I think the biggest contribution to Australia that I made through the Academy was to champion better science in schools. In particular, I was able to initiate PrimaryConnections, which now is used in primary schools right across Australia. That was really exciting and I believe it has changed the face of primary school science.
Isn’t that designed to help literacy as well as numeracy, and to encourage experiments?
Yes. In retrospect, it was a pretty smart thing to do. [laugh] We introduced the ‘science through literacy’ program [PrimaryConnections] because we knew the school children studied literacy every day, and we thought that if we provided units for the teacher which happened to be science units but taught literacy as well, that would be good. And it did help both literacy and science.
Also, I tried to make the Academy a little less ‘stuffy’ and more open to advising the government on technical matters and helping with policy and so on. Previously, it had been a mechanism for whingeing about policy, but I said, ‘Well, that’s no good. We’ve got to help toward making the right policies.’ So I did change that approach, and it worked pretty well.
Another achievement was to make a reality of the four learned academies – in the humanities, social sciences, and pure and applied science – coming together as the National Science Forum [National Academies Forum]. And although I was scared stiff of what the humanities guys might do to me [laugh] I really found that to have that forum was a big thing. It is still operating to good effect today.
The other thing that I personally got out of being President was meeting and working with a huge range of top scientists round Australia, in all different science fields. (And that stood me in extremely good stead for my next job!)
So what was your next job?
I was made Chief Scientist of Australia. The day before you become Chief Scientist, you know a little bit about a very little bit of science. Suddenly you get this title, and everyone thinks you know everything about all science – it’s ridiculous. But I did know all the best people in all the disciplines of science. And, while I was Chief Scientist, I had tremendous help from the scientists of Australia, in a whole range of tasks. Furthermore, in that job I was very fortunate in being able to take school science even further, because I had a relatively powerful position from which to push it and I had a couple of very receptive ministers. One was Brendan Nelson, and subsequently Julia Gillard has been marvellous in helping me get the new program of Scientists in Schools into place – just fantastic.
When you were Chief Scientist, a number of controversial tasks were asked of you: firstly, to consider the nuclear review; and, secondly, to review the pulp mill in Tasmania that Gunns were proposing.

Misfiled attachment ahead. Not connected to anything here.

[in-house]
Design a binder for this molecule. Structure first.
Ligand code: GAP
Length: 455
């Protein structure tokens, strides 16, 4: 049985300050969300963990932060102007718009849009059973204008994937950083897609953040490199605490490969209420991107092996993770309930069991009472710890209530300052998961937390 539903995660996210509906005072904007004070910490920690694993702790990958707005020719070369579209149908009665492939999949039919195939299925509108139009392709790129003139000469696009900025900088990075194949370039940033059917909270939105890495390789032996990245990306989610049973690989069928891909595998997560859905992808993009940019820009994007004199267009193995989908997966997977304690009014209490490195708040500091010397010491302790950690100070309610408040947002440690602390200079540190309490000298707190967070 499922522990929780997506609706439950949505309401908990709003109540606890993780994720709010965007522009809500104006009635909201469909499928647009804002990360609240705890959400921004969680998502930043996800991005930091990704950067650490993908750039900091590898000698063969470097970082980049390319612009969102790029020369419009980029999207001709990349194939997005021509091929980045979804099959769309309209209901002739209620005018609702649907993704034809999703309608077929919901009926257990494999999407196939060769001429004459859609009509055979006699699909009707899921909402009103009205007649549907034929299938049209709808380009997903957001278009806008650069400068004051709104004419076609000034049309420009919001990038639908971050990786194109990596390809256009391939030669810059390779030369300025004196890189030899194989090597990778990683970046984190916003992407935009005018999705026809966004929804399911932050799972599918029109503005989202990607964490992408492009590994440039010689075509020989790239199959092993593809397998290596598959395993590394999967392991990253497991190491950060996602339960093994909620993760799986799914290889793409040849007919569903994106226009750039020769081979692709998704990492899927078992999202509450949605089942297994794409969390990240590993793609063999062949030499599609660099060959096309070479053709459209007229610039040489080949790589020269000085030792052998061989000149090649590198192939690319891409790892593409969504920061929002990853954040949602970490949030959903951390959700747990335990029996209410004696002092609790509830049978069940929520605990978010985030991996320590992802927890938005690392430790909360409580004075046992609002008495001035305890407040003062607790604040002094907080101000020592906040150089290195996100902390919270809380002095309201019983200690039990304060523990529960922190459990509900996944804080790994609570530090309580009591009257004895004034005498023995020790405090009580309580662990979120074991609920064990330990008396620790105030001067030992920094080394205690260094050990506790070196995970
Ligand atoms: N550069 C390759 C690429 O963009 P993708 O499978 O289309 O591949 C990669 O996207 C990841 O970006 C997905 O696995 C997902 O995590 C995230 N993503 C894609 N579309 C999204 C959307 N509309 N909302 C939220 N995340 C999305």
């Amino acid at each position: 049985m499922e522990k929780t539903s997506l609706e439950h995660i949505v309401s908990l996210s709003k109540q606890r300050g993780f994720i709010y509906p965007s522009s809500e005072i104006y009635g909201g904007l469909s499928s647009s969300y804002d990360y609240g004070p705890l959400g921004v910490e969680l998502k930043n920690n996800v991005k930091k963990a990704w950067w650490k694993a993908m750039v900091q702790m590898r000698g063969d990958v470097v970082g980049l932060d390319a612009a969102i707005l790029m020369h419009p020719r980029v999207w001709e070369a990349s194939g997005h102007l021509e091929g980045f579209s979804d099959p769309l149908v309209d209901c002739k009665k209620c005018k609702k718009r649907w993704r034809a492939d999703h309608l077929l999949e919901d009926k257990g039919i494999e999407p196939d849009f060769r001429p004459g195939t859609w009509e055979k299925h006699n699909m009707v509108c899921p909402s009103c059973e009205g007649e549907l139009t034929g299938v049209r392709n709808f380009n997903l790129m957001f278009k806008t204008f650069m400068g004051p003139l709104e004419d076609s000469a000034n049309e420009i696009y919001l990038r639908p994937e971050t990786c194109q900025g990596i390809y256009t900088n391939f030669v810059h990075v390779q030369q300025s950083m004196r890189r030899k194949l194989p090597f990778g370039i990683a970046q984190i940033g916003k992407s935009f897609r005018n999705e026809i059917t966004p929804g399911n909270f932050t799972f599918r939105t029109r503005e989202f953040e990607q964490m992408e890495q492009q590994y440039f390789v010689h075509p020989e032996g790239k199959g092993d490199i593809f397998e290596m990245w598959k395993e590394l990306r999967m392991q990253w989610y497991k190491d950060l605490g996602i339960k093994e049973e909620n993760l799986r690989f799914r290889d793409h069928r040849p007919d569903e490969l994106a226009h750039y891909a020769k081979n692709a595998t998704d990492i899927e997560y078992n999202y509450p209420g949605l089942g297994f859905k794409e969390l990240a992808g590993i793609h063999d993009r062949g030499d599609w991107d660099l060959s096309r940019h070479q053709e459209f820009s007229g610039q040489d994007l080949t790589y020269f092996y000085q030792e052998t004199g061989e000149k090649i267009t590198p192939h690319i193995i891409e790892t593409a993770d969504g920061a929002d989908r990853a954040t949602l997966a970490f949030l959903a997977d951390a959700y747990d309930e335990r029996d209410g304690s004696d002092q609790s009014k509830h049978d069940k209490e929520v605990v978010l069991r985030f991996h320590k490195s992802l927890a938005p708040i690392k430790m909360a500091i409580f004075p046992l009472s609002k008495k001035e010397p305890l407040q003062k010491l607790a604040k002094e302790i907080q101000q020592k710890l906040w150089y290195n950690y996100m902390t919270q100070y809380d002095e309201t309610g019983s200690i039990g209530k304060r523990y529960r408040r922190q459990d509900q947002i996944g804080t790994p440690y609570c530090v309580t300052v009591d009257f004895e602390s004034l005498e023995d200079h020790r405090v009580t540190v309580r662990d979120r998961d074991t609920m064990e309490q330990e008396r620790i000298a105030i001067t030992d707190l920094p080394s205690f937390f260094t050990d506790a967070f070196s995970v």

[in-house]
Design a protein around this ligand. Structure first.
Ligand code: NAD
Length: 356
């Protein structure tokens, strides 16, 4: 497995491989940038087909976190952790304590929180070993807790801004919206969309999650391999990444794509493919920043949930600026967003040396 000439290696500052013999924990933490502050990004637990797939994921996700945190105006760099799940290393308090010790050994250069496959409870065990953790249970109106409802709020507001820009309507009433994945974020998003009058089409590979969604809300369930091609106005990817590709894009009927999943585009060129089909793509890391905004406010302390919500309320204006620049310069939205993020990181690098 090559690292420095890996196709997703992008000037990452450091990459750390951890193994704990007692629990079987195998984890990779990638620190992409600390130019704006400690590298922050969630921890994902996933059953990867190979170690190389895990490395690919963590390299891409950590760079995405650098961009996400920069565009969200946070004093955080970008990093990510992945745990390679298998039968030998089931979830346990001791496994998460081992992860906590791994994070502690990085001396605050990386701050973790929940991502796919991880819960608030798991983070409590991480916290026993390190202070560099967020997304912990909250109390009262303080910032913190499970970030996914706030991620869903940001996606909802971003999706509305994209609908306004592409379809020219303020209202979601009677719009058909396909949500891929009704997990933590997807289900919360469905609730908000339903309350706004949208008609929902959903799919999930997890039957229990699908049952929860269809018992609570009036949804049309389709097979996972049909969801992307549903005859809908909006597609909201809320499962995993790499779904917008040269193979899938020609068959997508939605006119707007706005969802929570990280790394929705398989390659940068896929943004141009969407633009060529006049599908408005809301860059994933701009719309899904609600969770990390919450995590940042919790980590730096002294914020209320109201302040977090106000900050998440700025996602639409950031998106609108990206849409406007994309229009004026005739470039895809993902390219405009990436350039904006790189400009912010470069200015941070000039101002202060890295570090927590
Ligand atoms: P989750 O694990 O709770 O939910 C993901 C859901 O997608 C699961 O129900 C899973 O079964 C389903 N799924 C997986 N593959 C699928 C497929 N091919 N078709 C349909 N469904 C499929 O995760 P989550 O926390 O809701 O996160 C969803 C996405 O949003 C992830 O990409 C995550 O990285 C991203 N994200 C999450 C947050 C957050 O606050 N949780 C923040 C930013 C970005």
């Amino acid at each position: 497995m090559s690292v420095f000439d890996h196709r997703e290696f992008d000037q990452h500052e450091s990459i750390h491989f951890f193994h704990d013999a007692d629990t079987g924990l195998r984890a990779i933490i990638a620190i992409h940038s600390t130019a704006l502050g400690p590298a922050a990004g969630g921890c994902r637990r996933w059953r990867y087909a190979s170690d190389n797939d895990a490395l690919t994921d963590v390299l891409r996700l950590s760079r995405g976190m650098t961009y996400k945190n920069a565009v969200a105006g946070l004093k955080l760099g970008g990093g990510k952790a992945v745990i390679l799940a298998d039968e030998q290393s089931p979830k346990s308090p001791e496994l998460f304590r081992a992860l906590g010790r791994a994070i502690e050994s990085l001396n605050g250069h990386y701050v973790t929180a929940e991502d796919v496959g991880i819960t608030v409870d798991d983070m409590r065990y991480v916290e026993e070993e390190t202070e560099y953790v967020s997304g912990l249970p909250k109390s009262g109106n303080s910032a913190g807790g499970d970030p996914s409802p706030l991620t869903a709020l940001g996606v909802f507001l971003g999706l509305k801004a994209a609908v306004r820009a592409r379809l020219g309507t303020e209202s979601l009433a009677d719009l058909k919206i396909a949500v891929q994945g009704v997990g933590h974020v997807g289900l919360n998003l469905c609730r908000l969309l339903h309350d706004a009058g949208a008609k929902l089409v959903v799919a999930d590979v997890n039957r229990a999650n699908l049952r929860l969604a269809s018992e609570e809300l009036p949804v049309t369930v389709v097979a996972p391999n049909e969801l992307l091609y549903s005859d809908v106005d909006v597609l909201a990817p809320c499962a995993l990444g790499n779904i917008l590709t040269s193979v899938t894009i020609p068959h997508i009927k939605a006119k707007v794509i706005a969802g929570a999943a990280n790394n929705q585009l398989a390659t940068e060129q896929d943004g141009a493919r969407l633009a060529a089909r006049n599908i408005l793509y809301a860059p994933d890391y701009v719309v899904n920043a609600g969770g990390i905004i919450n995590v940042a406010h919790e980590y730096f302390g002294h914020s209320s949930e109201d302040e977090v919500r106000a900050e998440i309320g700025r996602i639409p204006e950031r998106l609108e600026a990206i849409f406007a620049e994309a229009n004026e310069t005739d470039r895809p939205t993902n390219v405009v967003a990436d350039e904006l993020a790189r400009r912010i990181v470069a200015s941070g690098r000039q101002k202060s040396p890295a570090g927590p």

Yes. Ziggy Switkowski had chaired the nuclear review commissioned by the Prime Minister, and I was then asked to review the scientific content to say whether it was up to scratch or not. I said, ‘Well, I can’t do that by myself,’ and I brought in some of the best people I could find from around the world – one Australian and other people from the USA, the UK and so on. That worked very well, I think. The review had done an excellent job, and it was important at the time that I was able to assure the government that the report was on a very sound basis, with good evidence for what was being said. When I look back I think it was important, also, as one of the first times that I know of when the policymakers had actually used Australian scientists to advise them and give them the best evidence possible.
When the pulp mill review came along, I found it even more scary than the nuclear energy one, because it was a highly emotional topic. I was asked by Minister Turnbull and the Commonwealth government to report whether, on the scientific evidence, Gunns had done a good job in preparing environmental reports. We were restricted to those things that the Commonwealth had control over – the marine environment and certain things in the land environment. (The state government was responsible for the timber that would have been used in the mill, and the atmospheric conditions and suchlike.) So we were looking only at some of the important things. But once again I formed a committee of terrific scientists from Australia, who helped me. We found that several things hadn’t been done properly, and we made a report with a lot of recommendations of work that needed to be done by Gunns if they were to be permitted to go on – which I think was a bit of a shock to them. Even now, apart from Gunns’ difficulties in finance and so on, they haven’t yet met all the requirements we set down.
That review too was important as a case where the government was able to use first-class scientific data and evidence to say, ‘Well, if you’re going to do this, you’ve got to meet these requirements.’ And I think again it strengthened the idea that Australian scientists might well be useful in terms of helping policymakers to do quality things.
The most recent task, one of my last jobs as Chief Scientist, concerned a uranium mine proposal in South Australia. Once again I thought, ‘My God, how am I going to manage a uranium mine inquiry?’ And again I was fortunate in being able to locate experts and to work with the Environment Department. Many of the public servants in these things are really excellent people. This time, too, the outcome was helpful – to Minister Garrett, in this case – in allowing the minister to say, ‘We need some additional requirements to be met,’ and so on.
I’m hoping that my replacement will also be asked to do this sort of thing. It is really important for helping Australia know that some of the policy decisions are based on the best possible scientific advice.
And they can be fairly transparent, in that usually the reports are published and people are able to look at the issue in detail, if they want to.
Now that you have finished being Chief Scientist, do you still want to do more science?